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How to Touch Up Car Paint Chips To Avoid Rusting

Paint chips, sometimes called rock chips, are unfortunately fairly common. These small chips in your car’s or truck’s paint start off small and innocent enough. But if left as is, they can cause serious and costly damage to your vehicle. With time and weather exposure, a small paint chip will evolve into a rusty, corroded spot on your car that will need professional expertise to fix. Before it gets to that point, you can touch up your car paint chips yourself, saving time and money and restoring your car’s paint job to excellent condition.

Touching up car paint chips is simple. With a few tools and a little time, you can repair those chips and prevent further damage to your vehicle. Below, we give you a step-by-step guide to touching up paint chips on your own car. Let’s get started.

When Not to Try a DIY Paint Chip Repair

First thing’s first: there are some instances in which we recommend against a do-it-yourself approach to repairing paint chips. The most common circumstances include

  • When the base metal is exposed
  • When the damaged spot is rusting
  • When you have multiple or very large chips

In all of these instances, your paint chip repair will only work temporarily. The underlying problem, like rust or a large area of damage, will eventually come through the touch up paint. If you’ve got a paint chip on your car that matches the above examples, save time and sweat and bring it in to the professionals. But in most cases, car paint chip repair is simple, effective, and inexpensive. Our DIY guide explains how you can get great results with at-home car paint chip repair.

Necessary Tools to Touch Up Car Paint Chips

Before you get started, you’ll need to take a trip to your automotive store and pick up a few items for your car paint chip repair. These three inexpensive items are all you need to repair nicks in your car’s paint.

  1. Touch Up Paint

Your auto parts store carries everything you need to repair paint chips and get your car looking as good as new. At the counter, you’ll find a display of auto touch up paints. Find your car’s year, make, and model in the display. You will see a list of factory colors from the year your car was made, and if you know your car’s color number, you can select the correct touch up paint.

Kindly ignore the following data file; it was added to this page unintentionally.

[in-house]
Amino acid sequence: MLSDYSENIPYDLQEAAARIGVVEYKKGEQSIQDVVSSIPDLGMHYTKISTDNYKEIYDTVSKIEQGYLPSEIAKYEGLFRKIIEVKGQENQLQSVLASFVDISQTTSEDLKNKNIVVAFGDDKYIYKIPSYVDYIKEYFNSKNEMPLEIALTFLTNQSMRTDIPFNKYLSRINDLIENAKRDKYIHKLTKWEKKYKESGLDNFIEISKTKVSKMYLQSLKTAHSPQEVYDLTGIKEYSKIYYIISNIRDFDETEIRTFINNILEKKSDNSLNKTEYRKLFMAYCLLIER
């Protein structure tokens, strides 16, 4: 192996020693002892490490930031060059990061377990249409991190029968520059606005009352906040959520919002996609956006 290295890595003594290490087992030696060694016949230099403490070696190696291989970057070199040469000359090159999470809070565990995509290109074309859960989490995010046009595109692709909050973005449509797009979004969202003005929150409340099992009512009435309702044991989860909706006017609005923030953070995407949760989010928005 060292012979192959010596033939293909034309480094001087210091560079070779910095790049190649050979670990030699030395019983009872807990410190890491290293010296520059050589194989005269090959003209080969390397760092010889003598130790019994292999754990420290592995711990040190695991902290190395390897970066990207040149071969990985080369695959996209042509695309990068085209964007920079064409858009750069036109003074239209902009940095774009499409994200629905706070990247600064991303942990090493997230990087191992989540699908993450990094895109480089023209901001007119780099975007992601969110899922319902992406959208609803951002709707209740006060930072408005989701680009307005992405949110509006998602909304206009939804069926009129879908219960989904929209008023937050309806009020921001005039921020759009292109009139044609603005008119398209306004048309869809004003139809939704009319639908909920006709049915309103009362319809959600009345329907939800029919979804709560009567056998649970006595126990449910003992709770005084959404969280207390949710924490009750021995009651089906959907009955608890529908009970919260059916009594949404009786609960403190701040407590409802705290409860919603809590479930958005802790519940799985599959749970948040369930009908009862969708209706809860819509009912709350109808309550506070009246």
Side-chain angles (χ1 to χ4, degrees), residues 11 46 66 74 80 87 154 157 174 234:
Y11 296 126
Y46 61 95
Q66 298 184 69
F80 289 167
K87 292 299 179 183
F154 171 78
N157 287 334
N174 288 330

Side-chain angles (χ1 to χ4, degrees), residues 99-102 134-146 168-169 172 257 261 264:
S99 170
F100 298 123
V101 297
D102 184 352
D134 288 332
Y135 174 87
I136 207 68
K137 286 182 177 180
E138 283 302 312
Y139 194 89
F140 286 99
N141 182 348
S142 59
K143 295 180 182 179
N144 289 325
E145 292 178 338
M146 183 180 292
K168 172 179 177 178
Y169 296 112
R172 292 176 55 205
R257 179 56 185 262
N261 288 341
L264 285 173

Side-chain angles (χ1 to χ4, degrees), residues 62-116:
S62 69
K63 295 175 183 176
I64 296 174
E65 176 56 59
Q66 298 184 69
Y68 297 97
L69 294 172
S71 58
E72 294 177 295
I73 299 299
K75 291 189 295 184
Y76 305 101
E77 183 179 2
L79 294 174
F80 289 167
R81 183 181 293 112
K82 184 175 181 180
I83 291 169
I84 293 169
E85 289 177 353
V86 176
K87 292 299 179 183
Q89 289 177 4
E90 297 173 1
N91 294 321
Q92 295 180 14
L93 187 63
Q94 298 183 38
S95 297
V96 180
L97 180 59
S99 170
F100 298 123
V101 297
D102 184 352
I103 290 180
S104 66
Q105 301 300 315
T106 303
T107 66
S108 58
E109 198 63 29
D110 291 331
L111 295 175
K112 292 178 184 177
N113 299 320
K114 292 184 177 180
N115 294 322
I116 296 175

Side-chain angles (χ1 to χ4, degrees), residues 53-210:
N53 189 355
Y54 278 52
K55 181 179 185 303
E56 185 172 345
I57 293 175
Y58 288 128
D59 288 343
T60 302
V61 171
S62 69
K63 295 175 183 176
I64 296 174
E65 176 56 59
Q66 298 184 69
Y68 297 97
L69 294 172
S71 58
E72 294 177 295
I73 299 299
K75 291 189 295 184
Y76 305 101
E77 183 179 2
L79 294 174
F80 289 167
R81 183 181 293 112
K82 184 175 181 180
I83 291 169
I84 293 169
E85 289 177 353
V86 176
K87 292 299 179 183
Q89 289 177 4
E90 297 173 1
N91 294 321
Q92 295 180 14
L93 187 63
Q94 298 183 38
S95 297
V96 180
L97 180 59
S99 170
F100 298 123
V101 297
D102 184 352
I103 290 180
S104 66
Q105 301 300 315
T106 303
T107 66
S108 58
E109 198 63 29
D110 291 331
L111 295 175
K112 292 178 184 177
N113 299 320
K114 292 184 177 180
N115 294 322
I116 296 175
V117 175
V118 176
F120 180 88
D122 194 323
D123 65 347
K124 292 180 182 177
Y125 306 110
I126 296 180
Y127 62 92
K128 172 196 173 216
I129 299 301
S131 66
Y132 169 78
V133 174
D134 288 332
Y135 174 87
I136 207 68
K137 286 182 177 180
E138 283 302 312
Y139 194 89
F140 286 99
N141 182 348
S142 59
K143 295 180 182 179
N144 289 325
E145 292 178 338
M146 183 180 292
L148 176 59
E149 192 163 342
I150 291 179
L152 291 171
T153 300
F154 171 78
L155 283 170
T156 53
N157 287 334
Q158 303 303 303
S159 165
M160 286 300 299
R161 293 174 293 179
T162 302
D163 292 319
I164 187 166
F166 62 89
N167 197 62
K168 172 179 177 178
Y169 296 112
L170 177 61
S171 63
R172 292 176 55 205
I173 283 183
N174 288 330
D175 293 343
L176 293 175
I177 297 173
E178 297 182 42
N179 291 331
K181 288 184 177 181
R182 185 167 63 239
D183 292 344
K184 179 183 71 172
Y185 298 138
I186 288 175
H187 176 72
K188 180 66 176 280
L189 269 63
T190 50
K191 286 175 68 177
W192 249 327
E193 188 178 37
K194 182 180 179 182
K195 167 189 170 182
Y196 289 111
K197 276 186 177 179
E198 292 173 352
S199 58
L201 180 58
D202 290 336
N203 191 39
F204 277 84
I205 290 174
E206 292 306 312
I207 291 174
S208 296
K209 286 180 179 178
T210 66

If you don’t know the color code for your car, you can usually find it inside the driver’s door jam. One code is for exterior paint and one is for interior paint. Once you’ve got the code, buy a bottle of touch up paint. If the store doesn’t have what you’re looking for, a quick call to the dealer will point you in the right direction.

  1. Denatured Alcohol

Denatured alcohol works for prep cleaning your car before you repair paint chips. It. Includes solvents that remove dirt and grime from your car’s surface, helping your touch up paint to go on evenly and stick well.

  1. Polishing Compound

A polishing compound provides a smooth finish after you’ve applied touch up paint to your car’s rock chips. It’s only mildly abrasive, unlike its counterpart, rubbing compound, so it leaves a smooth shine that makes it seems as if there was never a chip in your paint at all.

Once you’ve got these three tools in your arsenal, it’s time to get to work on those paint chips.

Touching Up the Car Paint Chip

On to the paint chip repair. Paint chips are unsightly. And unfortunately, they’re impossible to prevent. Your car can get chipped by simply following a truck that flings debris from its bed. But repairing this damage is easy, and you can do it right at home.

  1. Clean the Chip

Before tackling any paint chip repair job, you need to clean the area first. To begin, thoroughly wash the problem area with a mild soap and water, then dry with a microfiber towel. Then, gently rub the area with the polishing compound. The slightly abrasive compound smooths out the jagged edges that come with paint chips.

When using the polish, don’t overdo it. A few seconds of rubbing should do the trick. If you go overboard with polishing the paint chip, you could damage your car’s clearcoat.

  1. Rub with Denatured Alcohol

After the polish, rub the area with your denatured alcohol. Simply dampen a cloth and wipe the area a few times. The grime-fighting power of the solvent will ensure your car is clean and ready for the touch up paint.

  1. Apply Primer

Now for the fun part. Using the primer, fill in the paint chip. Don’t flood the area, but paint the divot so that the primer barely touches the edge of the paint. After you’ve primed the paint chip, wait at least thirty minutes for everything to dry. Different touch up paints will have different drying times, so be sure to check the label for appropriate drying periods.  

  1. Paint the Chip

After the primer has totally dried, apply the touch up paint. We recommend practicing on a piece of paper before taking the paint directly to the primed paint chip. This will ensure you have control over the applicator and can paint the area with precision.

After it dries, apply another coat. Then allow the paint to cure according to the package label. You can bring back the polishing compound for one final shine to smooth out any rough edges. Then you’re done!

Conclusion

Paint chips are frustrating, especially because you don’t have control over when and where they happen. But as you can see from our guide, touching up paint chips is easy, inexpensive, and doesn’t take much time at all. If you find these chips early on before they rust or grow, this at-home repair strategy will preserve your car’s paint job for years!

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